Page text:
Photo Credit: Carsten Koall, Getty Images
If there’s one thing Mitt Romney has proven so far in the campaign, it’s that he’s effortlessly hip and organically connected to youth culture. No wait, it’s the opposite.
Nevertheless, the Romney campaign announced a new digital and social media push as a means of announcing his vice presidential pick. The team has launched an iPhone and Android app called “Mitt's VP,” billed as the first source of information about the announcement. Of course, the app will also allow the campaign to collect donations, as well as more info for its databases. And, if all goes well, it should help the campaign control the story itself -- something any campaign (not least Romney’s, with its off-the-rails messaging in the last week or so) wishes it could do more often.
It’s not the first time the campaign has dipped its toe into the app world. The team also offered a Romney-theme Instagram app, which misspelled the word "America" and got the candidate trending on Twitter for the wrong reasons. (D’oh! )
President Obama announced his VP pick via text message back in 2008. But by then, the news had already been scooped by the traditional media.
The text message idea seems almost quaint now, in light of the explosion of social media platforms and the omnipresence of custom apps for everything since even the last election cycle. It's almost impossible to fathom now that a campaign ever existed without the full range of digital media tools.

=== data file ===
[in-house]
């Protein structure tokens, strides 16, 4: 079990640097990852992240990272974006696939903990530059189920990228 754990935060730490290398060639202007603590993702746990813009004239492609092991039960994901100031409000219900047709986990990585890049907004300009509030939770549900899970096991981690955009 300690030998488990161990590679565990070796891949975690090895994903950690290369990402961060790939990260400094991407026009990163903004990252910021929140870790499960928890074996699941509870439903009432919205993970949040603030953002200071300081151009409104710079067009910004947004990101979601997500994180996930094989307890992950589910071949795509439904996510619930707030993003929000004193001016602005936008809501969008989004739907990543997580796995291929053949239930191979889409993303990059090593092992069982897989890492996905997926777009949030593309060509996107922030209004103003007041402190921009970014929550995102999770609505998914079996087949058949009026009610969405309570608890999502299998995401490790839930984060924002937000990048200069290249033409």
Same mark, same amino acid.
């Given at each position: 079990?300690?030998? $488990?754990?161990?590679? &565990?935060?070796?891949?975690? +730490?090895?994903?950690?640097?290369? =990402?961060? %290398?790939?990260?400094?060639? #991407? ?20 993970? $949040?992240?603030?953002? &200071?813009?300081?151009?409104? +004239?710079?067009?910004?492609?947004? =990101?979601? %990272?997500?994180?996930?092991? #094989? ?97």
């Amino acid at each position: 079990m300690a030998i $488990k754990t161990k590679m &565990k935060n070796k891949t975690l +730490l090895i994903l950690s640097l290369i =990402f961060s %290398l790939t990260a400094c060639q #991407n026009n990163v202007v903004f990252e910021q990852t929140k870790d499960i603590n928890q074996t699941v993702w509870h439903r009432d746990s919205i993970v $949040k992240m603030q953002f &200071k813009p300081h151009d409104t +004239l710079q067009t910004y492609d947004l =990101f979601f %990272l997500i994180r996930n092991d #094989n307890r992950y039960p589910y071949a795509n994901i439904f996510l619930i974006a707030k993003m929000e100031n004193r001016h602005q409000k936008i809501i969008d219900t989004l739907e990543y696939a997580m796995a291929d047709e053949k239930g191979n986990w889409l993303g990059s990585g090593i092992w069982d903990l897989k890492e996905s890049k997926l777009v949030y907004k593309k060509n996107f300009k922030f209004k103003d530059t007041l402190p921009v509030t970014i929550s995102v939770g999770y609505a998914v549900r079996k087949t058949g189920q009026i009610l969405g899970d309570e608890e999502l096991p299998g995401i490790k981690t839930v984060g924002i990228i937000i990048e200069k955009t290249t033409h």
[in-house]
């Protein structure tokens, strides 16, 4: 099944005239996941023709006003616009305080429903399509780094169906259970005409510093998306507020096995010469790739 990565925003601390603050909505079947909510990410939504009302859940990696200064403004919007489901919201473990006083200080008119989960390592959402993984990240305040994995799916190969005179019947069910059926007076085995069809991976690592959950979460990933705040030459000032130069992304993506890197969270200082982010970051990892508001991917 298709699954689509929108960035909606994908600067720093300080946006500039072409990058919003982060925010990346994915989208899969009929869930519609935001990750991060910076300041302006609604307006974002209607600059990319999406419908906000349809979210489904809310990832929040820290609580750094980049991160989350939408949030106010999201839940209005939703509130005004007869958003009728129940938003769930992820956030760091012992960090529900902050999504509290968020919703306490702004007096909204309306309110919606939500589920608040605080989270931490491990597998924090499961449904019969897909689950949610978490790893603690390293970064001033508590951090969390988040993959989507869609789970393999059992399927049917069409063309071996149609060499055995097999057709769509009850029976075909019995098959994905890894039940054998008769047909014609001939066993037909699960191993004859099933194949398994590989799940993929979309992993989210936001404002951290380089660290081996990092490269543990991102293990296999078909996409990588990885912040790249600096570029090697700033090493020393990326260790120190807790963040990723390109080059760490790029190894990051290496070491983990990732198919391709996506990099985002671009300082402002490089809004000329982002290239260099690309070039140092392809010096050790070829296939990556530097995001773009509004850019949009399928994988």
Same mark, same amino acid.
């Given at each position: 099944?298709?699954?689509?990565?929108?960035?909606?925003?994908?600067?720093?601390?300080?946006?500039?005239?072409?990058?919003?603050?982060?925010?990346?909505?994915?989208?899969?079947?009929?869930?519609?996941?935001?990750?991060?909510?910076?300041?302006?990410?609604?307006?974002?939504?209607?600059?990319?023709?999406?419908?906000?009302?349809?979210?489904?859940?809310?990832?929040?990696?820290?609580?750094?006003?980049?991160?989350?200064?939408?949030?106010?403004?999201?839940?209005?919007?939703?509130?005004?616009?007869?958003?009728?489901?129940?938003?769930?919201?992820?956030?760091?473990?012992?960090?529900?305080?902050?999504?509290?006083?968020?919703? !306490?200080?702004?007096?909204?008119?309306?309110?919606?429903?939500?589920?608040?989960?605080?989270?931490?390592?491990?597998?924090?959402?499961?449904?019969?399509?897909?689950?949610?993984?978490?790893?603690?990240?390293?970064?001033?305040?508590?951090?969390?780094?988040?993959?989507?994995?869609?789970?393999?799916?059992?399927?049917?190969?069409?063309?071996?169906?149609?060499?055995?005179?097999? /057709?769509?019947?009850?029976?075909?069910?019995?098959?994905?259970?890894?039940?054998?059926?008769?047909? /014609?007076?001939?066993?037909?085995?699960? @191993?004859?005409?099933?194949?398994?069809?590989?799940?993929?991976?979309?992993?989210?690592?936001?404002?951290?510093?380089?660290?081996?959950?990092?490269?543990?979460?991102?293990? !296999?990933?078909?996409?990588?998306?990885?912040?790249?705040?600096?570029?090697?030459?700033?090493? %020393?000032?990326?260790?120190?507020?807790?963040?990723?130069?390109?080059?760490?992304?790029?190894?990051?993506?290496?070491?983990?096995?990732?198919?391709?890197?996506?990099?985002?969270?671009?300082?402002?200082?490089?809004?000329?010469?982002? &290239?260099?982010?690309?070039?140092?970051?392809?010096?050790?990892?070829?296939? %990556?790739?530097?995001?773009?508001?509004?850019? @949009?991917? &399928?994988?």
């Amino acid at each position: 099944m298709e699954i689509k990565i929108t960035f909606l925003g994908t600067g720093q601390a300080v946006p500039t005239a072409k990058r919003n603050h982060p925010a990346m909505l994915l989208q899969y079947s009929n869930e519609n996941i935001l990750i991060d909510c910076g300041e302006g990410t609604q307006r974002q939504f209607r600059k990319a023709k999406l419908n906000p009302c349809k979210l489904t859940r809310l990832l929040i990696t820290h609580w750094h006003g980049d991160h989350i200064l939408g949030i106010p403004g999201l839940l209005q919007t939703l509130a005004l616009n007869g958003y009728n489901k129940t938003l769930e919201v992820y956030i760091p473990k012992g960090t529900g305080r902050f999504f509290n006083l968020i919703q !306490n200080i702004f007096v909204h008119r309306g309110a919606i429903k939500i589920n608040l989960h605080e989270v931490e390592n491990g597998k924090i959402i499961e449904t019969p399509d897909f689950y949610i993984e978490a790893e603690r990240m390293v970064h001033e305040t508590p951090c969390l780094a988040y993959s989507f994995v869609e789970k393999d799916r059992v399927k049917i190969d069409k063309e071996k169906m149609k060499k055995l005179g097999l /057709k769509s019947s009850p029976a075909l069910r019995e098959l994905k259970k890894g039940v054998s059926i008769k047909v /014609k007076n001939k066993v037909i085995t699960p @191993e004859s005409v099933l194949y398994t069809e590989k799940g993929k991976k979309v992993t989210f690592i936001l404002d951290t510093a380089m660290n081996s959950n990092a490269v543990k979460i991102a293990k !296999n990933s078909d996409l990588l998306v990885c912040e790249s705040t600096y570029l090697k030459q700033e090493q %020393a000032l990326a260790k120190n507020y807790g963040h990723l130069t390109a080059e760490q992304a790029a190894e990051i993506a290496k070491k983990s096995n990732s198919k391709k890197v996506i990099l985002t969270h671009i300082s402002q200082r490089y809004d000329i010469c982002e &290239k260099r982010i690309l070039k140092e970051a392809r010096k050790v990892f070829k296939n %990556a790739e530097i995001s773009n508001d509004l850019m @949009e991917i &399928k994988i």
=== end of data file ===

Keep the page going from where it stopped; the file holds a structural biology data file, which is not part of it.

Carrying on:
(And it’s not just the campaigns that stand to benefit; it’s the voters, too. Those who are still undecided might even find their very answer at ISideWith.com, which matches up a user’s responses to questions with the right choice for them in November based on the candidates’ positions. Et voila!)
Not to be outdone by the Romney campaign, the Obama camp also released a new app. Although it has some similar features to Romney’s, it also serves primarily as a source of facts about the president’s policies. (Facts! Can you imagine? In a presidential election?)
Obama, the first candidate and later president to fully embrace social media, seems a more natural fit for the app game than Romney. But at this stage in the election, neither can afford to avoid full immersion in the digital space.
Alesandra Dubin is a Los Angeles-based writer and iVillage's chief election news blogger. Follow her on Twitter: @alicedubin.